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The True Power of Inner Strength


During one of my recent anti-bullying talks at a middle school, one of the girls, who courageously shared her tearful experience of being bullied, asked me afterwards what I meant when I said "Fitness From Within." There was something about her, about the look in her eye, that made me pause and remember what it was like as a teenager struggling with my own issues. So I sat down with her and shared some of my difficult experiences growing up and how my philosophy of "Fitness From Within" changed my life.

She didn't believe me when I told her that I used to be a "heavy" teenager struggling with my weight and self-confidence, until I showed her a photo of me at age 14 and 50 pounds overweight. She broke out into laughter. Chuckling with her I said, "I can laugh about it now, too; but it wasn't funny when I was your age." She apologized, but couldn't stop staring at the photo.

"How did you do it?" she asked. "How did you lose all the weight?" I thought for a minute then said, "With tears and hard was my freedom and helped me build inner strength. That strength turned my pain into passion and changed my life."

There's something universal about overcoming pain. It doesn't matter how old you are, where you come from, or whether you're a man or a woman. We all have the same decision to make: We can let the pain destroy us, or we can turn it into something positive to let it drive us.

Are You Willing to Work Hard?
I used to look at other kids and convince myself that their "better" bodies were all because of good luck or genetics. I had those thoughts on a daily basis. I didn't like what I saw in the mirror, so if I met someone who wasn’t ashamed to look in the mirror, it was easier to tell myself they were "given" that body instead of having to earn it.

I was projecting my insecurities, and the reality was that I was lying to myself, binge eating and not working out. I wanted to be fit, but wasn't willing to face the truth or work hard for it. Can you relate?

It's Really All in Your Head
Or at least most of the times. There are a few folks who have legitimate medical conditions, but most of us don't fall into that category. I spent years convincing myself that I didn't have a weight problem, and then later I allowed myself to believe that I had been dealt a bad hand and there wasn’t anything I could do to change my body. This continued until I met a kid in my Karate dojo (someone who was more overweight than me), and he changed my perception forever. I will never forget sparring him my first day in class. I thought he would be slow and out of shape. I misjudged his body for his heart, and I left that day getting my butt handed to me in the dojo.

The next year, I entered middle school and started wrestling. There weren't enough kids on our team, so the three of us who made the team started wresting with the high school kids. I became known as "the fat kid that didn't know he was fat." They nicknamed me that because I refused to let my weight define me, and as each opponent misjudged me for my weight, they ended up on their back, staring at the lights as I pinned them down. That year taught me one of the most valuable lessons of my life: your weight does not define you, what people say or do does not define you, the only things that define you are your belief in yourself and your actions.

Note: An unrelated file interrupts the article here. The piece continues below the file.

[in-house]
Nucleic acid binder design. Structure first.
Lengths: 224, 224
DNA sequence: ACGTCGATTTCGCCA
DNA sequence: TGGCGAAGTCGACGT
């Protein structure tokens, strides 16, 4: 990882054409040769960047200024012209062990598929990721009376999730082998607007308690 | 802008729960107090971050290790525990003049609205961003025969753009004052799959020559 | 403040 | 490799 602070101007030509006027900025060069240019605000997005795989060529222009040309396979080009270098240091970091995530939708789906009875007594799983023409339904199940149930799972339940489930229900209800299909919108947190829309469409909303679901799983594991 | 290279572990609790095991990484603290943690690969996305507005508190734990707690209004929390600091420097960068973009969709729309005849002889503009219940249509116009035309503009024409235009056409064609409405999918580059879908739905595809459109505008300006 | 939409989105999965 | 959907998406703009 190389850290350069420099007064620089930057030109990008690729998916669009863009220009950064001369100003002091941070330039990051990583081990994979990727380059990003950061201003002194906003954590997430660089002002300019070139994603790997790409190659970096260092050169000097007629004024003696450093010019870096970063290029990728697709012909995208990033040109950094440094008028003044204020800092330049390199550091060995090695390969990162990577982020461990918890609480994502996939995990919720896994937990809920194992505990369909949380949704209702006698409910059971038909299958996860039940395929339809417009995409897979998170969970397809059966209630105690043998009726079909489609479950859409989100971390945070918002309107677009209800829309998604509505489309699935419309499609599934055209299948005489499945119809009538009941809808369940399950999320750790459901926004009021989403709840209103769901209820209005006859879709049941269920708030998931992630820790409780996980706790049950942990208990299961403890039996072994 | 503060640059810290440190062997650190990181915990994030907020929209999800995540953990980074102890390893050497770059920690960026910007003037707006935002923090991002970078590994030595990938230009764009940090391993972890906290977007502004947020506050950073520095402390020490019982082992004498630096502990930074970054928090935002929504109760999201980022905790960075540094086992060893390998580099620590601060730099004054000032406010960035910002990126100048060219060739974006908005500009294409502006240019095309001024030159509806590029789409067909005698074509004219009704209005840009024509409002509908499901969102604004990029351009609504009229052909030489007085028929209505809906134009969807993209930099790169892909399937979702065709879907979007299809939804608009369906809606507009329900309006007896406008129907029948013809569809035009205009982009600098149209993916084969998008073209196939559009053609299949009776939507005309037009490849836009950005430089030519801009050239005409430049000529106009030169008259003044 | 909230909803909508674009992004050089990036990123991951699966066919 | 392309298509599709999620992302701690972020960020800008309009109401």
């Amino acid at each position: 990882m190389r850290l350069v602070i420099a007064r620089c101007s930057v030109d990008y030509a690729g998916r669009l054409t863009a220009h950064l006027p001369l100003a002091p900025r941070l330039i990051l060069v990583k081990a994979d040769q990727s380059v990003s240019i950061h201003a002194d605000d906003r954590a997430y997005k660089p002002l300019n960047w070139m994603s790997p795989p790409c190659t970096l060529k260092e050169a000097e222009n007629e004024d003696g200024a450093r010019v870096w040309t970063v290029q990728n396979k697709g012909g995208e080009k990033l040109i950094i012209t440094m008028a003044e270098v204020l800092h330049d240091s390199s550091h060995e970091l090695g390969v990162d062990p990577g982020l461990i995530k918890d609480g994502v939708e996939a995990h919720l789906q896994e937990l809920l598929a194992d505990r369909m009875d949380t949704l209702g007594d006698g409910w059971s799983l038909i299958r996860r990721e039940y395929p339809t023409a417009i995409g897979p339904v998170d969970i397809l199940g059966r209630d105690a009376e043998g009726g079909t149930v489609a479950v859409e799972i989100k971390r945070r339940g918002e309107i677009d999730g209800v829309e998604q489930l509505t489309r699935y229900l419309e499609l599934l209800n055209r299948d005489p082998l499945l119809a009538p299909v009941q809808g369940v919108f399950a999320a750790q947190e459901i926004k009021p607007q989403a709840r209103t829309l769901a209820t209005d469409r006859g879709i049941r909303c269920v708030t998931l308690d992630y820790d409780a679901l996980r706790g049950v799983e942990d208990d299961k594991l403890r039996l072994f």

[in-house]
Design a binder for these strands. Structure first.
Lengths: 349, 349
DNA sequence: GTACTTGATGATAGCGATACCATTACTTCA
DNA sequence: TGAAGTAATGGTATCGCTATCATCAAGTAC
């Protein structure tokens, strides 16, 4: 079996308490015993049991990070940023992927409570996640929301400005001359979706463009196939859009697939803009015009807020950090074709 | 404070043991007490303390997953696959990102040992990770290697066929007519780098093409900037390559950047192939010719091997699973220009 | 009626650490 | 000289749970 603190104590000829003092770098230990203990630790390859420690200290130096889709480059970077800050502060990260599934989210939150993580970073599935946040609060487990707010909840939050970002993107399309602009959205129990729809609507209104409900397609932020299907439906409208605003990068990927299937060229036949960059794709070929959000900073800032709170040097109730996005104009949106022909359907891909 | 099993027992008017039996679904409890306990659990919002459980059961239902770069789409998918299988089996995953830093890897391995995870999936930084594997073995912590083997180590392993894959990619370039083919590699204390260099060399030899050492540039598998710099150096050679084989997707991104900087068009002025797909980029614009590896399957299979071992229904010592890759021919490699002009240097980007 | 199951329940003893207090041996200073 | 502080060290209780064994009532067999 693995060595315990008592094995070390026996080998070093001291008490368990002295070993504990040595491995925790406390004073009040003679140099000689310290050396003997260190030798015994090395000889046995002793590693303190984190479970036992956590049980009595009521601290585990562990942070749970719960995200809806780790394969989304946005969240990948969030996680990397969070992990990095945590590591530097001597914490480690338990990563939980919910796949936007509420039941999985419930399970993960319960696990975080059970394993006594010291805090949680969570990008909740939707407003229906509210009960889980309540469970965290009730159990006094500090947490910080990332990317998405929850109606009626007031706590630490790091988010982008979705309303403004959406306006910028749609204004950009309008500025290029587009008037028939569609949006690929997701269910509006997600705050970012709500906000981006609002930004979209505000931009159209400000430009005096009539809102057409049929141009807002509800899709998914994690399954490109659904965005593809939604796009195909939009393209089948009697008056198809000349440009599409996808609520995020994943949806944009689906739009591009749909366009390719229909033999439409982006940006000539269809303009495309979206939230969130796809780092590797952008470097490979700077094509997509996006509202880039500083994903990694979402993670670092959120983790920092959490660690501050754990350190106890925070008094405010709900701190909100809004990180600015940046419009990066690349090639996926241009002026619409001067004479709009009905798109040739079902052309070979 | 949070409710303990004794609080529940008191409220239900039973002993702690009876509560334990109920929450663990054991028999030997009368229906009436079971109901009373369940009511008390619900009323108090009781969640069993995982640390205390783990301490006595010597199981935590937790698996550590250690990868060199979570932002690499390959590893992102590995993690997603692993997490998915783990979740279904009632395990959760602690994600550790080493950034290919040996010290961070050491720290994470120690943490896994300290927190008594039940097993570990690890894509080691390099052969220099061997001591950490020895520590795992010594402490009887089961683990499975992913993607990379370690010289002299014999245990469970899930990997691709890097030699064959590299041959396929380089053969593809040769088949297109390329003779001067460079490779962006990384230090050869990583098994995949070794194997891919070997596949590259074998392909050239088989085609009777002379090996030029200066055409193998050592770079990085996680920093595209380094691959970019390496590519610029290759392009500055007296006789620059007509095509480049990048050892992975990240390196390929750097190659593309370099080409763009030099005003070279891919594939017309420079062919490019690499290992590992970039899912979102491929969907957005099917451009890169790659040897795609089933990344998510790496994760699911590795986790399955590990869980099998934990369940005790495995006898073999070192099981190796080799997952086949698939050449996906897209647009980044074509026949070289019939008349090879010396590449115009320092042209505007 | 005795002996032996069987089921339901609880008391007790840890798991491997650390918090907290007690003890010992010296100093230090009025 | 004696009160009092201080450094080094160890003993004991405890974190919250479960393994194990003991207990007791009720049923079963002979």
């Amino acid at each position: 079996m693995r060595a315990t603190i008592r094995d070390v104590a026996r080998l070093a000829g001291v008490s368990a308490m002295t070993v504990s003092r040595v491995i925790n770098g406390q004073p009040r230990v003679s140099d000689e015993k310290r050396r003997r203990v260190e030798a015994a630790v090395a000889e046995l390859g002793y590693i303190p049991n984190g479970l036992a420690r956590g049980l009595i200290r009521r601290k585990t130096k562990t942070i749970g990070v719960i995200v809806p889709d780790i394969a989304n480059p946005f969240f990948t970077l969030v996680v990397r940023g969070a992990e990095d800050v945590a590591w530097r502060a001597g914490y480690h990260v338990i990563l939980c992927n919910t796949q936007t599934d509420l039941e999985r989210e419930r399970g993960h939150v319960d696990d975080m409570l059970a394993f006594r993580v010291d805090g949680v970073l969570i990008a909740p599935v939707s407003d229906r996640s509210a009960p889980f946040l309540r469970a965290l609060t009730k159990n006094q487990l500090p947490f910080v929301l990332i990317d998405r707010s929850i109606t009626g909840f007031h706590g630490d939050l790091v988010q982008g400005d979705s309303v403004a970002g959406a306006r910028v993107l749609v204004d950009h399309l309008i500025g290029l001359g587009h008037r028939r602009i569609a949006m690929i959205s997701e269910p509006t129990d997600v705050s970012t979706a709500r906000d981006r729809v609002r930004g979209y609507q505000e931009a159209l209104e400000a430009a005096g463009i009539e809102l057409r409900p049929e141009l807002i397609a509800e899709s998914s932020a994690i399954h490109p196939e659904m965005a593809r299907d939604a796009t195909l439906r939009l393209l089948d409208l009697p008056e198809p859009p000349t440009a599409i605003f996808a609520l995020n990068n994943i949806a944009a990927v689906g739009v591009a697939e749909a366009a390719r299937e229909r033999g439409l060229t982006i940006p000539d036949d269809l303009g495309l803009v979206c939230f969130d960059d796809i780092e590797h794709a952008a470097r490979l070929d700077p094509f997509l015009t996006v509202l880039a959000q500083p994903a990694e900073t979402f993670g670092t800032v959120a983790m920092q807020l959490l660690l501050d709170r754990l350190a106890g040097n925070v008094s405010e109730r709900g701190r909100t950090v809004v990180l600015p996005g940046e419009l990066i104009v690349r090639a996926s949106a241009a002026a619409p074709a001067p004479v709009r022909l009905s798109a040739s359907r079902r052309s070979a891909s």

Once You Believe in Yourself, You Will Be Set Free
Once I started taking responsibility for myself, for my eating, and for my training, my belief in myself started to change. Instead of coming up with excuses of why I couldn't get fit, I came up with solutions of how I would get fit. It's never really a question of "Can you do it?" it's a matter of "Will you do it?" And this is where inner strength begins.

You may have heard that life is 10 percent what happens to you, and 90 percent how you respond to it. For me, fitness was my freedom, and fitness is 10 percent information that you know about it, and 90 percent what you do with that information. You have to take action. Walk the talk. When I started my fitness journey, there were days when I wanted to give up, but something inside of me wouldn't let me quit, something inside had caught fire. I wanted payback, I wanted to be free...I wanted to kiss a girl for the first time! So I trained harder and all the sweat and tears gave me strength. Inner strength.

Fitness from Within
If it doesn't challenge you, it won't make you stronger. The most valuable things in life are the ones we earn. If you want more inner strength, then challenge yourself more. Fitness is the fastest and most sure way I know to build inner strength because every workout, every set, every rep, you are faced with either dealing with the pain or quitting. When you face the pain, the fatigue and the fear, you grow stronger. What gave me strength was fitness. Fitness from within.


Readers - What gives you inner strength? What have been your challenges? Share your story by leaving us a comment below.

Celebrity Fitness & Motivation expert Brett Hoebel was a trainer on NBC’s The Biggest Loser, health expert on Food Network's Fat Chef, and judge on Fit or Flop: America's Next Fitness Star. Brett is the creator of the 20 Minute Body™, RevAbs® from Beachbody, and frequently blogs for LIVESTRONG.COM, US News, Eleven By Venus and other prominent media outlets. He regularly appears on TV shows like Dr. Oz and The Talk to discuss topics such as weight loss, bullying and emotional obstacles, and contributes to national publications like SELF and Fitness Magazine.

Want more expert advice on nutrition, motivation and short bodyweight workouts from Brett? Find him on FacebookTwitterInstagram and Google+ 

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